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The evolutionary route to self-deception: Why offensive versus defensive strategy might be a false alternative

  • Ulrich Frey (a1) and Eckart Voland (a1)

Self-deception may be the result of social manipulation and conflict management of social in-groups. Although self-deception certainly has offensive and defensive aspects, a full evolutionary understanding of this phenomenon is not possible until strategies of other parties are included into a model of self-perception and self-representation.

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U. J. Frey (2010) Modern illusions of humankind. In: Homo Novus – A human without Illusions, ed. U. J. Frey , C. Störmer & K. P. Willführ , pp. 263–88. Springer.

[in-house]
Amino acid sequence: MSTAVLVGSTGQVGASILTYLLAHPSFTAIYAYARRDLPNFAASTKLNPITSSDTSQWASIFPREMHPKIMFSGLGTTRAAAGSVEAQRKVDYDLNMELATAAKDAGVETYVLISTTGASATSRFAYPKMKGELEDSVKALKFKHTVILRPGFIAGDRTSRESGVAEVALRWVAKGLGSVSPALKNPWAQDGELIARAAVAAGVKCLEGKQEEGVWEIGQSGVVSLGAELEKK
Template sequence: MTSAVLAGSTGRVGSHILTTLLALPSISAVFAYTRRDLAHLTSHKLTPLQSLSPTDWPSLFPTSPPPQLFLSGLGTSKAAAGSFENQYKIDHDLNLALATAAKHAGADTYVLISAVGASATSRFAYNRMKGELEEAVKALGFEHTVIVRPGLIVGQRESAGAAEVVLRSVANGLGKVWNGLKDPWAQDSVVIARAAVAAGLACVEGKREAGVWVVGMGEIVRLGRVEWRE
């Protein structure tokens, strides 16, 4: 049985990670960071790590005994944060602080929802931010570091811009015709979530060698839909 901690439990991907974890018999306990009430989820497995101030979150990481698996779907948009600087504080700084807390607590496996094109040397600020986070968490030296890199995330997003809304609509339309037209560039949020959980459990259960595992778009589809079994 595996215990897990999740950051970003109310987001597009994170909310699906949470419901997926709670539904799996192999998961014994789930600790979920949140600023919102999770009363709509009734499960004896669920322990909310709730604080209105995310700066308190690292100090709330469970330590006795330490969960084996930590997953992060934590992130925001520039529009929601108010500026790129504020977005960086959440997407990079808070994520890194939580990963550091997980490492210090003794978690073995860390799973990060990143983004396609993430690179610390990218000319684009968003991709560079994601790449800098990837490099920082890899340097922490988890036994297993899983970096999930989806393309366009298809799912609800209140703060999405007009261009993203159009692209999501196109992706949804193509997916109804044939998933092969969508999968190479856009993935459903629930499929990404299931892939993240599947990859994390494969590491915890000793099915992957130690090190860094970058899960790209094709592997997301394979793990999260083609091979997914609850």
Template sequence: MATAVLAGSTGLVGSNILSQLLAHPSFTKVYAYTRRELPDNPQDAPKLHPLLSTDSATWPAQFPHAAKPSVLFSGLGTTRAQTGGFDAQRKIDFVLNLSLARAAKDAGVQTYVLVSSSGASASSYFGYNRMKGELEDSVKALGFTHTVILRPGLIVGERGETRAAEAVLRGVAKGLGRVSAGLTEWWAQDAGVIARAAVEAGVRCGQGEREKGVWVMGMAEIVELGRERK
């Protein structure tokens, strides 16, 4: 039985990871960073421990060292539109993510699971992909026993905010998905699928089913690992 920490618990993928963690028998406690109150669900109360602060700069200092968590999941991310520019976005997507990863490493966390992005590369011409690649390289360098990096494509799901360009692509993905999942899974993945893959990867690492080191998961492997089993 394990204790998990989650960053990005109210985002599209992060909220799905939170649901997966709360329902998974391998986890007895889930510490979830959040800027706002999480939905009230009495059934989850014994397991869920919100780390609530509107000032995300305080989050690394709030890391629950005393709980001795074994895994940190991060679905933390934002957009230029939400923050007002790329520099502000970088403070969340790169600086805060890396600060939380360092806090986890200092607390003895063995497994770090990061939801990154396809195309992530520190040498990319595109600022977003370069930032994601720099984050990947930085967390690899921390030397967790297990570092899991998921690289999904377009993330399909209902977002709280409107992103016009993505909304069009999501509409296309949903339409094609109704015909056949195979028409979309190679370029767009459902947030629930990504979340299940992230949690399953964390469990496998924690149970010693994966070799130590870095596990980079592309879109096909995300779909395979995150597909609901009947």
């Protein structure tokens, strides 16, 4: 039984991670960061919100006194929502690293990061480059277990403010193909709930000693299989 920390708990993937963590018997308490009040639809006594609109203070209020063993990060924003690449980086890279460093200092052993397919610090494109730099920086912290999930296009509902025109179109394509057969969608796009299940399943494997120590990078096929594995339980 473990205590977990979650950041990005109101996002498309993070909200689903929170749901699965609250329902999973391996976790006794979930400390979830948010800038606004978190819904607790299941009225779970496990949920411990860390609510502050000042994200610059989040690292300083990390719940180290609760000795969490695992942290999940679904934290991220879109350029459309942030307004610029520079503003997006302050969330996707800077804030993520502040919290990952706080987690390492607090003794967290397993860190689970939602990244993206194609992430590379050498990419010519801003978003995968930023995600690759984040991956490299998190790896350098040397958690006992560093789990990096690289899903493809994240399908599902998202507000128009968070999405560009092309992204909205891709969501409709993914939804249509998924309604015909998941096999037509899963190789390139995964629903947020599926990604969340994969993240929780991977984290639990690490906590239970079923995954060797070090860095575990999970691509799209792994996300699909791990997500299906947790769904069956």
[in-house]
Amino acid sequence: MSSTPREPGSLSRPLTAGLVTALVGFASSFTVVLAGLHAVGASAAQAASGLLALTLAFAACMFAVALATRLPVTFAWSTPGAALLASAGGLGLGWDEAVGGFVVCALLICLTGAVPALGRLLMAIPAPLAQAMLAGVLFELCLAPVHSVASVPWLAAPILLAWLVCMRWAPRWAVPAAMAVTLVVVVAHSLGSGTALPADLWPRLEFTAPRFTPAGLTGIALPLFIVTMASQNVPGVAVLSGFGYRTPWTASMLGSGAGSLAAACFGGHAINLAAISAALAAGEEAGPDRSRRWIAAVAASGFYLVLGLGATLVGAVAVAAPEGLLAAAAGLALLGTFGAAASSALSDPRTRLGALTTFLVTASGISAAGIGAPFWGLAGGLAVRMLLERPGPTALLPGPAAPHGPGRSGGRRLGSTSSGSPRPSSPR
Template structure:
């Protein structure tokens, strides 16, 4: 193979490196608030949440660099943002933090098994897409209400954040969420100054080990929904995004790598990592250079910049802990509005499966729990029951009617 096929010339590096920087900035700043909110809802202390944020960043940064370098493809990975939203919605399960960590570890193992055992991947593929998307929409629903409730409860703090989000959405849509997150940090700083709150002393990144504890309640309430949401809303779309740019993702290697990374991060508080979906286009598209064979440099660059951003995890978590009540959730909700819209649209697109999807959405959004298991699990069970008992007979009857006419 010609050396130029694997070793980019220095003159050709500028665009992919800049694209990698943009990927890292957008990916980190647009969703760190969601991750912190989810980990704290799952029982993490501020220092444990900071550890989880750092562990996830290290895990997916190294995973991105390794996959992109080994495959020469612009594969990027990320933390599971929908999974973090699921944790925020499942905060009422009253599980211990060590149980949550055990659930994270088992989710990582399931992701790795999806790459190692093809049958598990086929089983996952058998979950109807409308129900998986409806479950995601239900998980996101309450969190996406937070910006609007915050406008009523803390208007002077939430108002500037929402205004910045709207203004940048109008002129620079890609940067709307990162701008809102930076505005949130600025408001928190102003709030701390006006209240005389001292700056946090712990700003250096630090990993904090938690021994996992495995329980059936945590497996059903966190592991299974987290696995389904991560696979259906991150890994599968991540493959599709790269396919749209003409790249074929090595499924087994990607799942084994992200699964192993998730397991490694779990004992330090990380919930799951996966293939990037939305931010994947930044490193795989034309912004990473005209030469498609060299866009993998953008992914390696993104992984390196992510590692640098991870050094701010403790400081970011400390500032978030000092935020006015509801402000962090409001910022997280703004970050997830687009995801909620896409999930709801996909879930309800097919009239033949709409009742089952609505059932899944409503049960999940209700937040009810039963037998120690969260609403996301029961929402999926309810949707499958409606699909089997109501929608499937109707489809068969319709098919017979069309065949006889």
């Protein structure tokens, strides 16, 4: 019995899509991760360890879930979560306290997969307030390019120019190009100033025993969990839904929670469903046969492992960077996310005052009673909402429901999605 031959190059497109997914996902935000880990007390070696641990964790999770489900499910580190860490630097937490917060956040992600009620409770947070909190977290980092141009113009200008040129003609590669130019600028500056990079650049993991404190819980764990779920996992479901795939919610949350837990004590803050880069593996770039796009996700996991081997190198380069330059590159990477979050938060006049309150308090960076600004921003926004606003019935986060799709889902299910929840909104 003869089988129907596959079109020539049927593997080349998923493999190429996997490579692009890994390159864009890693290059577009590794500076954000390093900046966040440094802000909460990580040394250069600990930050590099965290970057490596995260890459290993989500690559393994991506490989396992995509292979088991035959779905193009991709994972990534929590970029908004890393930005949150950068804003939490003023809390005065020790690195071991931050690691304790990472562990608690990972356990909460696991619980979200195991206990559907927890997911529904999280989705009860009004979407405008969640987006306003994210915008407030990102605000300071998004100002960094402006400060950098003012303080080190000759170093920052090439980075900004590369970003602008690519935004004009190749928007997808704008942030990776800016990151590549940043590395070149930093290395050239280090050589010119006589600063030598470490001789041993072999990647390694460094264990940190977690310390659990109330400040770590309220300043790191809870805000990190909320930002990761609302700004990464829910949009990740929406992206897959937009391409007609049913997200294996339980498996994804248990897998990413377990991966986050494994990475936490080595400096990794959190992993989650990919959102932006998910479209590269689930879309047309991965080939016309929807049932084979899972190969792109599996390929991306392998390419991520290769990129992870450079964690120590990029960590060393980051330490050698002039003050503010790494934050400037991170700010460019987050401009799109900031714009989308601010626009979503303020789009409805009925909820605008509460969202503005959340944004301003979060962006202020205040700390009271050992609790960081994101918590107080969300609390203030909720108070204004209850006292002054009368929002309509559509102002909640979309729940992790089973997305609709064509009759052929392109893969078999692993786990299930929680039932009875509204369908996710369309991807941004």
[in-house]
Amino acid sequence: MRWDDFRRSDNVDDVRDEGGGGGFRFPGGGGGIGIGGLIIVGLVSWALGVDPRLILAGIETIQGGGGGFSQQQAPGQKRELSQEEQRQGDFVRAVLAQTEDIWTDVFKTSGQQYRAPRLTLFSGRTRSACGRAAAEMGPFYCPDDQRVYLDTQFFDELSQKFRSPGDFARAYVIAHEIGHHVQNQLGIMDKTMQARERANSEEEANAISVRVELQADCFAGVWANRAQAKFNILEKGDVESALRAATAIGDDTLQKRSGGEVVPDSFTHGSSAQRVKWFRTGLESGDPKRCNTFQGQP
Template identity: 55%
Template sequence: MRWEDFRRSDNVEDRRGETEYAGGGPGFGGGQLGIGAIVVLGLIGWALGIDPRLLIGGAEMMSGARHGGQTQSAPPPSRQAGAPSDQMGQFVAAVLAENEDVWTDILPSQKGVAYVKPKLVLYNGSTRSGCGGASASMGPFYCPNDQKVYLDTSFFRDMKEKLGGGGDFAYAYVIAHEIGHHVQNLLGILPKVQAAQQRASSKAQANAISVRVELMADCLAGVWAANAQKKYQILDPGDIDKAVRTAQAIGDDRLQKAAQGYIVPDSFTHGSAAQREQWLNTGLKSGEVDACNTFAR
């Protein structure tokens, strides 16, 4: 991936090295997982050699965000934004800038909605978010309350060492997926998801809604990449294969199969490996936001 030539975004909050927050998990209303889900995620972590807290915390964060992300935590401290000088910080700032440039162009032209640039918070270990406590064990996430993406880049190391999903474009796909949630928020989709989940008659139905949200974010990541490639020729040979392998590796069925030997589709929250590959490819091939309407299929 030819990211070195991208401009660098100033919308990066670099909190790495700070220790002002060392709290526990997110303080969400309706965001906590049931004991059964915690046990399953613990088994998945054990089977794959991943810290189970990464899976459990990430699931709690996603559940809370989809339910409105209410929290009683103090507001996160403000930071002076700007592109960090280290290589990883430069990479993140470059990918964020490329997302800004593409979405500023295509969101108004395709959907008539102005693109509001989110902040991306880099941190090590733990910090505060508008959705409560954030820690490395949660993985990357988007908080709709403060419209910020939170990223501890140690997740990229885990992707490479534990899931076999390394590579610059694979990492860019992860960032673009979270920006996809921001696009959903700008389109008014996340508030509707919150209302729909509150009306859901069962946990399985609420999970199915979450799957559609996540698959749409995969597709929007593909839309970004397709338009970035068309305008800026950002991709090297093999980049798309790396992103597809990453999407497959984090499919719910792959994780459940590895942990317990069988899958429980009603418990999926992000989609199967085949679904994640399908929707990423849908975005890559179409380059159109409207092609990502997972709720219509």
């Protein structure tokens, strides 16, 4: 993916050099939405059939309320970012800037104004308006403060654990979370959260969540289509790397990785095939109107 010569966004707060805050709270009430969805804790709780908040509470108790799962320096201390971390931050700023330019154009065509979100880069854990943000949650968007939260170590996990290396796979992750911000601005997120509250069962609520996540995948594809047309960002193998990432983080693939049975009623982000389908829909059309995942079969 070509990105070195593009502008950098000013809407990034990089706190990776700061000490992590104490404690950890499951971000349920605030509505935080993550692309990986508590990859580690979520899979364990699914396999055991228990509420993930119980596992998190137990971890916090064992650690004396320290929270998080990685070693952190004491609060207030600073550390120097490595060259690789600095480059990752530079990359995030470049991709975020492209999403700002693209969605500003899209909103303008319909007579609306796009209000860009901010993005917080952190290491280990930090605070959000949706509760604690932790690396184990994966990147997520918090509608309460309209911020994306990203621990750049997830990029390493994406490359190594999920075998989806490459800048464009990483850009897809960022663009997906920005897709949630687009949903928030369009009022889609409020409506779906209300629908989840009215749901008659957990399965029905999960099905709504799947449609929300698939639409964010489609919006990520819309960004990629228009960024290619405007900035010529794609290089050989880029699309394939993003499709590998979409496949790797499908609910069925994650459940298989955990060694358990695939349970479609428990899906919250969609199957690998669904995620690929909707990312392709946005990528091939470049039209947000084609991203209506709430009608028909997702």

W. Prinz (2008) Mirrors for embodied communication. In: Embodied communication in humans and machines, ed. I. Wachsmuth , M. Lenzen & G. Knoblich , pp. 111–27. Oxford University Press.

C. A. Salmon (2007) Parent–offspring conflict. In: Family relations – An evolutionary perspective, ed. C. A. Salmon & T. K. Shackelford , pp. 145–61. Oxford University Press.

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Behavioral and Brain Sciences
  • ISSN: 0140-525X
  • EISSN: 1469-1825
  • URL: /core/journals/behavioral-and-brain-sciences
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